Integrity Models

The UEFI Secure Boot chain can be applied to the Clark-Wilson integrity policy, developed in 1987. The Clark Wilson model includes the following concepts:

  1. Data Item:

    1. Constrained Data Item (CDI)

    2. Unconstrained Data Item (UDI)

  2. Procedure:

    1. Integrity Verification Procedure (IVP)

    2. Transformation Procedures (TPs)

  3. Rule:

    1. Certification Rule (CR) – integrity monitoring

      1. C1: (Basic: IVP Certification) All IVPs must properly ensure that all CDIs are in a valid state.

      2. C2: (Basic: Validity) All TPs must be certified to be valid. For each TP and each set of CDI that it may manipulate, the security officer must specify a “relation” of the form: (TP, {CDI}).

      3. C3: (Separation of Duty Certification) The list of relation in E2 must be certified to meet the separation of duty requirement.

      4. C4: (Journal Certification) All TPs must be certified to write to an append-only CDI (the log) all information necessary to permit the nature of the operation to be reconstructed.

      5. C5: (Transformation Certification) Any TP that takes a UDI as an input value must be certified to perform only valid transformations, or no transformations, for any possible value of the UDI. The transformation should take the input from a UDI to a CDI, or the UDI is rejected.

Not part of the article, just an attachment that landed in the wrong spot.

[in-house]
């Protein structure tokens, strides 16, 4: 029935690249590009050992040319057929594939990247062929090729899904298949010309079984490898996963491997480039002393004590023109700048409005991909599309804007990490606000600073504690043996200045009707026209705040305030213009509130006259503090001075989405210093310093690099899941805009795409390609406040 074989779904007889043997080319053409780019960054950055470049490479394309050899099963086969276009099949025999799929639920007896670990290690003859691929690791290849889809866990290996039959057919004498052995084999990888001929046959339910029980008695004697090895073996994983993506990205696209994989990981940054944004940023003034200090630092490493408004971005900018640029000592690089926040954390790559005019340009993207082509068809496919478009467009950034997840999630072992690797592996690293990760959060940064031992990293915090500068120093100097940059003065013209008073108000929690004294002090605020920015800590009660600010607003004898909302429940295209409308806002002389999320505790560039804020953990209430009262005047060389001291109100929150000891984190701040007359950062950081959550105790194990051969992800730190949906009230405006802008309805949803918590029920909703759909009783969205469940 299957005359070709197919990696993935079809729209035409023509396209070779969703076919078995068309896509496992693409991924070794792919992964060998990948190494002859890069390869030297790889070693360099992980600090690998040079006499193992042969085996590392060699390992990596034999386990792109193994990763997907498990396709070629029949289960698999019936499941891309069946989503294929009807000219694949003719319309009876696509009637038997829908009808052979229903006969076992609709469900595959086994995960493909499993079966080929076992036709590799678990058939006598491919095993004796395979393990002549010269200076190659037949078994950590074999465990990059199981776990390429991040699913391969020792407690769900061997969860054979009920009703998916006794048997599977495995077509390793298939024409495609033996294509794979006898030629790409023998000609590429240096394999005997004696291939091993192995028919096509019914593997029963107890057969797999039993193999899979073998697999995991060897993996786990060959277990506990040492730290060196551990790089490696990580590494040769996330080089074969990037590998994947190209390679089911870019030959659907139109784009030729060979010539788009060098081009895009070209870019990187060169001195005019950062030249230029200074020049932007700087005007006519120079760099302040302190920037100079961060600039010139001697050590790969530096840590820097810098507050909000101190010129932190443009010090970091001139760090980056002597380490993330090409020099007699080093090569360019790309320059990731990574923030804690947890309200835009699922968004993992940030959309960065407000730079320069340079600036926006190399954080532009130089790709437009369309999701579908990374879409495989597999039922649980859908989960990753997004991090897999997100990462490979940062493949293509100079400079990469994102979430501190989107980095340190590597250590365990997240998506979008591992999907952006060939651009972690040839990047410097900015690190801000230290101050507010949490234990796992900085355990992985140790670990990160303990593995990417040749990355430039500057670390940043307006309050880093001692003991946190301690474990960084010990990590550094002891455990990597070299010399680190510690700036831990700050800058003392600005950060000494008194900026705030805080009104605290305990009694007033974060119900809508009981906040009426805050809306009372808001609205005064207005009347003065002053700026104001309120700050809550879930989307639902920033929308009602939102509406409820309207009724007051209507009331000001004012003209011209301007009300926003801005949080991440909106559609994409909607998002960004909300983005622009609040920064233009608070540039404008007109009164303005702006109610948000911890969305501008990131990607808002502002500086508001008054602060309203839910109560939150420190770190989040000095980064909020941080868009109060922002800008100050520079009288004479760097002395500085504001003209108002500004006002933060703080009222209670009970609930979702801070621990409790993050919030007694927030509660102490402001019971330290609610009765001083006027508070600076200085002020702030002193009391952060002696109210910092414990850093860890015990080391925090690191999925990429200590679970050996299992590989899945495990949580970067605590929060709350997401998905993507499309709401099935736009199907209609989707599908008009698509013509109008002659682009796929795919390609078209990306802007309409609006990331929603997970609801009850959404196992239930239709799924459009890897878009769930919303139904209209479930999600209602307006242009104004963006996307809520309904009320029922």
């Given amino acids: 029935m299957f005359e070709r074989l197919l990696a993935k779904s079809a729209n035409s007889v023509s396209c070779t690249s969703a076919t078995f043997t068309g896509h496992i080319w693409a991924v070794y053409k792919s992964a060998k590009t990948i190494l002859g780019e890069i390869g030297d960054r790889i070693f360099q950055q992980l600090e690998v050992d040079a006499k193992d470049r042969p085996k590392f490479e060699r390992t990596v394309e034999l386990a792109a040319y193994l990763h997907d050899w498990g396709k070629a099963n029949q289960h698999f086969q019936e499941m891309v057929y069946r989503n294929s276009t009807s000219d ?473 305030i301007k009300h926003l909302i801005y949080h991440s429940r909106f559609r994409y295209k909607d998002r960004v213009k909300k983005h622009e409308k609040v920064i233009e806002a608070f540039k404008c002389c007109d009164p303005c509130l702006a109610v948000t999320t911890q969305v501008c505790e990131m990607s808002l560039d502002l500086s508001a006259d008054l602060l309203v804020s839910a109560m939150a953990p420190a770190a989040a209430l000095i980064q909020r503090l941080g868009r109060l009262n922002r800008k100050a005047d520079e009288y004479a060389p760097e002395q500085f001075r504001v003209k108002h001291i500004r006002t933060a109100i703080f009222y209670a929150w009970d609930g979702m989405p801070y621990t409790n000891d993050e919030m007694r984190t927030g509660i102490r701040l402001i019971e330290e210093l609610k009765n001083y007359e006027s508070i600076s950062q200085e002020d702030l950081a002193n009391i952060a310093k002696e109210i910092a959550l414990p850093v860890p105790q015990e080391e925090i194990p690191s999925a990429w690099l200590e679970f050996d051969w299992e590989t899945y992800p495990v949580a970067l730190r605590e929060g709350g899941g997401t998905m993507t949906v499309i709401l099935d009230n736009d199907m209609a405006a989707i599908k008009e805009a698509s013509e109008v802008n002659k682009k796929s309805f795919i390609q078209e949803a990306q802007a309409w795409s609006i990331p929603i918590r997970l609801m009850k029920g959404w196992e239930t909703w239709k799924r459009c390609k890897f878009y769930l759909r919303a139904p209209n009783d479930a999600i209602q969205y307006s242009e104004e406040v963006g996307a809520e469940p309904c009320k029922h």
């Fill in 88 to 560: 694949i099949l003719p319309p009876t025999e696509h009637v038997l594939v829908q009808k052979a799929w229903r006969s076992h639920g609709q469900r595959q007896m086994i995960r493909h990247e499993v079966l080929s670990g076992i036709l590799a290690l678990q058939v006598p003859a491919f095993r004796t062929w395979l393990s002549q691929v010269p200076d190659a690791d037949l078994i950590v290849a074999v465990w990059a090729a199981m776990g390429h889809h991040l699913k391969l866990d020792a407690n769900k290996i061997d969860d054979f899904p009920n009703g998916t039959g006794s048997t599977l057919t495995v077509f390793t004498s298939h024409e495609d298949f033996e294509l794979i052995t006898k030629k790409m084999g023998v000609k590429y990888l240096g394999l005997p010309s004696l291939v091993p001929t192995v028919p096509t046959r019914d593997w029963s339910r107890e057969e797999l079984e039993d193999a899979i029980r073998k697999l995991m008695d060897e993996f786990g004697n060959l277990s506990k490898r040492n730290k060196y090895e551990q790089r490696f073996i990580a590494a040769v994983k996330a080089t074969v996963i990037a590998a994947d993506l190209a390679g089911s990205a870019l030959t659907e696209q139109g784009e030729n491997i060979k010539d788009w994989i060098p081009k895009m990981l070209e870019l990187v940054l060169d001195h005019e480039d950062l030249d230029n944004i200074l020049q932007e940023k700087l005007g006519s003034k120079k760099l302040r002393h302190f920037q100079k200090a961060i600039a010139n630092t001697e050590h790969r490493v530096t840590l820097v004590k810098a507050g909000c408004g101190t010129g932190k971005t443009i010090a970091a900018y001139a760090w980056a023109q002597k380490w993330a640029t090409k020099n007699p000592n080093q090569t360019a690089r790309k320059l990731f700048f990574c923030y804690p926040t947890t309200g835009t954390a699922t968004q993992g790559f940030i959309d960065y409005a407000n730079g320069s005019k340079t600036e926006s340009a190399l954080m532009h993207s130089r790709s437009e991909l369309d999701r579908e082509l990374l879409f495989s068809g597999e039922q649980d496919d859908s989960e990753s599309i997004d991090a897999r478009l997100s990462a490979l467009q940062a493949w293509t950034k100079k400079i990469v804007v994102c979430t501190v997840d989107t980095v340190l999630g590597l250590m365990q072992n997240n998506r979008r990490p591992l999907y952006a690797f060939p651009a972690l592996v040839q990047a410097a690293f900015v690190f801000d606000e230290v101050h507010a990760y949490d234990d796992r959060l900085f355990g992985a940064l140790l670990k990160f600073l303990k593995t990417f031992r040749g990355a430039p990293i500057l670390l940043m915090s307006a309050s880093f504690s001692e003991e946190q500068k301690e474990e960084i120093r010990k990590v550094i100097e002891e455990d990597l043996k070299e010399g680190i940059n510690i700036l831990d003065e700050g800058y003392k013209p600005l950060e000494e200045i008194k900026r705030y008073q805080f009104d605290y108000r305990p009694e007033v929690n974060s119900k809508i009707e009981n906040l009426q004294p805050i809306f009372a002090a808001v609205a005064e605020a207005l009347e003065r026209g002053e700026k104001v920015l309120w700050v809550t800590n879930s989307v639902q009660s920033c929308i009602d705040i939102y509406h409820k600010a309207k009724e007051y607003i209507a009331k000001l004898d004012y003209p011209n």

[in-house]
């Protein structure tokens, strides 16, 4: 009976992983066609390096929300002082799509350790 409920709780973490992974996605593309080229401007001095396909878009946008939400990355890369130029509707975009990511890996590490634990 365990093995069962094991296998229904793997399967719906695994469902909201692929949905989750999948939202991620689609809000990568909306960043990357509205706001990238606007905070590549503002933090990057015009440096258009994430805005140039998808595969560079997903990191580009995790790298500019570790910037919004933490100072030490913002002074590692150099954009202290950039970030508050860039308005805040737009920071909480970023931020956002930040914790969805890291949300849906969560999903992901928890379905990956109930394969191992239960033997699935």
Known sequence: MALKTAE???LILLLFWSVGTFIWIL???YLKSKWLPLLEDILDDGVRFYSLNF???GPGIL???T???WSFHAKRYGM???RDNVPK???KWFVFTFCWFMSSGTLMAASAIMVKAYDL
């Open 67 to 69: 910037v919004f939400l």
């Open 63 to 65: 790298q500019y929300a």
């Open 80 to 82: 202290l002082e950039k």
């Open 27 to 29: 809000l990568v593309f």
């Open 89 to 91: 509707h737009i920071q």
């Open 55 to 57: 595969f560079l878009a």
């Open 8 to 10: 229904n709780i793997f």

2. Enforcement Rule (ER) – integrity preserving

      1. E1: (Basic: Enforcement of Validity) The system must maintain the list of relation specified in C2, and must ensure that only TPs certified to run on a CDI manipulate that CDI.

      2. E2: (Enforcement of Separation of Duty) The system must associate a user with each TP and set of CDIs in a list of relations of the form: (User, TP, {CDI}). It must ensure that only executions described in one of the relations are performed.

      3. E3: (User Identity) The system must authenticate the identity of each user attempting to execute a TP.

      4. E4: (Initiation) Only the agent permitted to certify entities may change the list of such entities associated with other entities, specifically the one associated with a TP. An agent that can certify an entity may not have any execute rights concerning that entity.

This model is based on the relationship between authenticated principal, program, and data items. The elements of this relationship are referred to as the “Clark-Wilson Triple” (User, TP, {CDI}). The Clark-Wilson model shows the rules required to meet the security properties of integrity: (from Blake).

Table 1-1: Clark-Wilson model





An assurance that CDIs can only be modified in constrained ways to produce valid CDIs.

C1, C2, C5, E1, E4

Access Control

The ability to control access to resources.

C3, E2, E3


The ability to ascertain the changes made to CDIs and ensure that the system is in a valid state.

C1, C4


The ability to uniquely associate users with their actions.


Figure 1-1: Clark-Wilson model, From Lee

Because the Clark-Wilson focuses on duty and transaction, it is more applicable to business and industry processes. Currently, some papers describe how to apply the Clark-Wilson integrity model to the existing system, such as Windows, Java or Trusted Computing Group (TCG) security.